Writers and directors often play with our expectations. Our historical knowledge about real-life events or historical figures can easily turn into a cheeky red herring. The flow of historical events can be distorted in a film. This is a classic case of red herring with historical subversion. This historical falsification also changes the fate of the characters, perhaps creating a more satisfying alternate reality for the amazed audience.
Braveheart (1995), directed by Mel Gibson, is a prime example of historical falsification in cinema. Many events and characters in the movie are fictionalized or exaggerated. While the classic film is based on the life of William Wallace and the Scottish Wars of Independence, it takes significant liberties with historical accuracy for the sake of dramatic storytelling.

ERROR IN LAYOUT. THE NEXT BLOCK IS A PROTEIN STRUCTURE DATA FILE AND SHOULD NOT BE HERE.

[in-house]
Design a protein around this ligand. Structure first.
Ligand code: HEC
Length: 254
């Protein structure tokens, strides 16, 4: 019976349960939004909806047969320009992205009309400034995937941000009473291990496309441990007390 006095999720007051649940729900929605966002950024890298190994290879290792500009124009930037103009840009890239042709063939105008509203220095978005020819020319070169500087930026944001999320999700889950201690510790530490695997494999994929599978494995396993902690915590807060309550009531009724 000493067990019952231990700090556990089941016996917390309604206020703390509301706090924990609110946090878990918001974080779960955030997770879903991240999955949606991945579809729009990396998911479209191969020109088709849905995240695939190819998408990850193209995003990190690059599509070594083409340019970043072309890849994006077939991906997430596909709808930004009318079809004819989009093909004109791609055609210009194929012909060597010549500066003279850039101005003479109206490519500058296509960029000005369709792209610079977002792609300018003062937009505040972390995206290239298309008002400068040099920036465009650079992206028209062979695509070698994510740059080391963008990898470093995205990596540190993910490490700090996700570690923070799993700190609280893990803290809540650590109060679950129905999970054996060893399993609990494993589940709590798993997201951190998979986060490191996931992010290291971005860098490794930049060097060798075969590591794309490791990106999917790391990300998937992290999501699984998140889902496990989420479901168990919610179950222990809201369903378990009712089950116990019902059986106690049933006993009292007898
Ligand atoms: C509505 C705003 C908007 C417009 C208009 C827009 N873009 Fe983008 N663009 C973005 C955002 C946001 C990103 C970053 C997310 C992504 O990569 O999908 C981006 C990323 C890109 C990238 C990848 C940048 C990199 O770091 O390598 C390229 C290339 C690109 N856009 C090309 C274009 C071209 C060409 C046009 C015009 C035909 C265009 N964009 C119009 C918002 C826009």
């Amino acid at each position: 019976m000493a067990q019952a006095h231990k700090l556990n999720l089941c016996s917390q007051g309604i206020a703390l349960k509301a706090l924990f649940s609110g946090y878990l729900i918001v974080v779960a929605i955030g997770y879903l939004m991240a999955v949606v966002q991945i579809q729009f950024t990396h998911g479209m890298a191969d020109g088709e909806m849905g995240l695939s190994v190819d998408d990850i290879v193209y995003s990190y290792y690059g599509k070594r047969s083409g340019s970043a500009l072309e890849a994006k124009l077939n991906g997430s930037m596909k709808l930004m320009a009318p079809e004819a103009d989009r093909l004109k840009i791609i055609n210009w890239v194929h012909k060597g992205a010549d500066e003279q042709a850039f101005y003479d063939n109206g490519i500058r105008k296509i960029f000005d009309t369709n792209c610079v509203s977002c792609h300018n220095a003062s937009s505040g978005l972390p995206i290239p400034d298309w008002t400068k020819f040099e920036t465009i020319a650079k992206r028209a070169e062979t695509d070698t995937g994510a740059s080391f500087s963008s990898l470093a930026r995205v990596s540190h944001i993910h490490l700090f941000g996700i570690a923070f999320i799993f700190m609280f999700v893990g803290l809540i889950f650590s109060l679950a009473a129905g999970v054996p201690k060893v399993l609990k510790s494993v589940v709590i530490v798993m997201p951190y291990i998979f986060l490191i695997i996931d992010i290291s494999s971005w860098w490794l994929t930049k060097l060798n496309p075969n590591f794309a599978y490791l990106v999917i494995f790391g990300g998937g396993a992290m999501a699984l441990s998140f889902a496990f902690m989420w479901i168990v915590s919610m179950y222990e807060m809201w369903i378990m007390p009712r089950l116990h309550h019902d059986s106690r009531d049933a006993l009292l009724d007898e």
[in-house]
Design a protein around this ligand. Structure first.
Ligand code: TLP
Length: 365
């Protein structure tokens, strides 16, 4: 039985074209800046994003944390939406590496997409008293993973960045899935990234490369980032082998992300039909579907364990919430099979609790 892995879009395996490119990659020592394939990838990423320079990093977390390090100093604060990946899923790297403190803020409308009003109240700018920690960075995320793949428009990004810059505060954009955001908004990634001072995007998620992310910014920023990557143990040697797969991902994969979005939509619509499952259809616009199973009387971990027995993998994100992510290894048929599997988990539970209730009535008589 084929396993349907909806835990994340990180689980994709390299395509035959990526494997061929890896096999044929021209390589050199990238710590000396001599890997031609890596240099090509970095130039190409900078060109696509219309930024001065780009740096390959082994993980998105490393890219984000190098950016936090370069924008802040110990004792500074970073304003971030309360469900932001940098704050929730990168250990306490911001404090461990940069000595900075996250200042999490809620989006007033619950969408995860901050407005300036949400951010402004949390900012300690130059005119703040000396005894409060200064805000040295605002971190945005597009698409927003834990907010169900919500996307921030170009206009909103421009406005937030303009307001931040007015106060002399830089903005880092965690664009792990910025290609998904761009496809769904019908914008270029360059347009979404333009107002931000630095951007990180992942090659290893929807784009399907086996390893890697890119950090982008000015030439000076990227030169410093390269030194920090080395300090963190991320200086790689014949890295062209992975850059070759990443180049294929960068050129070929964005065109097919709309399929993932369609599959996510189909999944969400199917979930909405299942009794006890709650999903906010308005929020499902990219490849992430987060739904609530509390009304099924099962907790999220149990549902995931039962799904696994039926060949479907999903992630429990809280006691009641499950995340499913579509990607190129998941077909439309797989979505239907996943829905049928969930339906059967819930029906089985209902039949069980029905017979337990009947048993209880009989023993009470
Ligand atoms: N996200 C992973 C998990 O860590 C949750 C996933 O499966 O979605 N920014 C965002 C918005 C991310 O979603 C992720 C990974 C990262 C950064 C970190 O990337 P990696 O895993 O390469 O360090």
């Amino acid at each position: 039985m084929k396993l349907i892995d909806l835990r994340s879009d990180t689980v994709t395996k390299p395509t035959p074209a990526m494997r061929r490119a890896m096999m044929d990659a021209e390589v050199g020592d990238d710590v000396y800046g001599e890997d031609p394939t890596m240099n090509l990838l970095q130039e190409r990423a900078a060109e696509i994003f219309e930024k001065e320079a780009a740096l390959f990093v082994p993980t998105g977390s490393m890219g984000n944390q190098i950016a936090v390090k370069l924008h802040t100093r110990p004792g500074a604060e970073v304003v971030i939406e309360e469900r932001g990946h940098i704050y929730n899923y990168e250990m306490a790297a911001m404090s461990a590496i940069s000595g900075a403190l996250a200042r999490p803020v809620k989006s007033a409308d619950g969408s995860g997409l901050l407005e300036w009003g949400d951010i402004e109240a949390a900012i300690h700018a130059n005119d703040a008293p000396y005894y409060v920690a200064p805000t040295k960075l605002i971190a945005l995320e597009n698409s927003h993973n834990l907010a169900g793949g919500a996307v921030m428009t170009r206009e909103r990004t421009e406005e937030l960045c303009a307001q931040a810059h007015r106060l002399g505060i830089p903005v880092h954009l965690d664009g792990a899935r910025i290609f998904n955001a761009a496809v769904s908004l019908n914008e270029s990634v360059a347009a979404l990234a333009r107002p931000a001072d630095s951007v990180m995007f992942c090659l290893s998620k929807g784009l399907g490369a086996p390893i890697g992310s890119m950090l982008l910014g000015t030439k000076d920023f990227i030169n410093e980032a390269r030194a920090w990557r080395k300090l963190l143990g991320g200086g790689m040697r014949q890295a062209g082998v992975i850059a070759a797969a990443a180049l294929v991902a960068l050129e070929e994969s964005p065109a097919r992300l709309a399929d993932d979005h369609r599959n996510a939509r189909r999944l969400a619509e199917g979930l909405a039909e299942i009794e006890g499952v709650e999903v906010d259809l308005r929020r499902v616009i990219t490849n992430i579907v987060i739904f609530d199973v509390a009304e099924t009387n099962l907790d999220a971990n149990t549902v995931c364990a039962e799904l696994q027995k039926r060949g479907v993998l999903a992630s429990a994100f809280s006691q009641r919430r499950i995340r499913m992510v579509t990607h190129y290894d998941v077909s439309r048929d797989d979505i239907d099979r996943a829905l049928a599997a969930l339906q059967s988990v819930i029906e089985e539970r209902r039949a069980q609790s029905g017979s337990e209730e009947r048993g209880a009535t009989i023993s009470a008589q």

In the realm of the film industry, the use of recognizable faces and names in casting and marketing often misleads the audience, creating the impression that these well-known characters will remain alive and untouchable until the end of the story. This phenomenon was notably utilized by the masterful director Alfred Hitchcock in his classic film Psycho (1960) where this strategy has been boldly used as a trick to provoke questions and thoughts capable of turning any viewer into a future fan of this cinematic masterpiece.
In the world of entertainment during the Golden Age of television, TV shows frequently applied the use of red herrings. In the grand scheme of things, storylines became longer and more interesting, something that kept viewers engaged and eager to watch the next episodes. When the audience realizes that any character could potentially be written out of the show, a sense of excitement, along with the perception that everything is unpredictable, adds to the overall suspense of a TV series.
The Plot Twist: The Red Herring Effect of an Unstable Character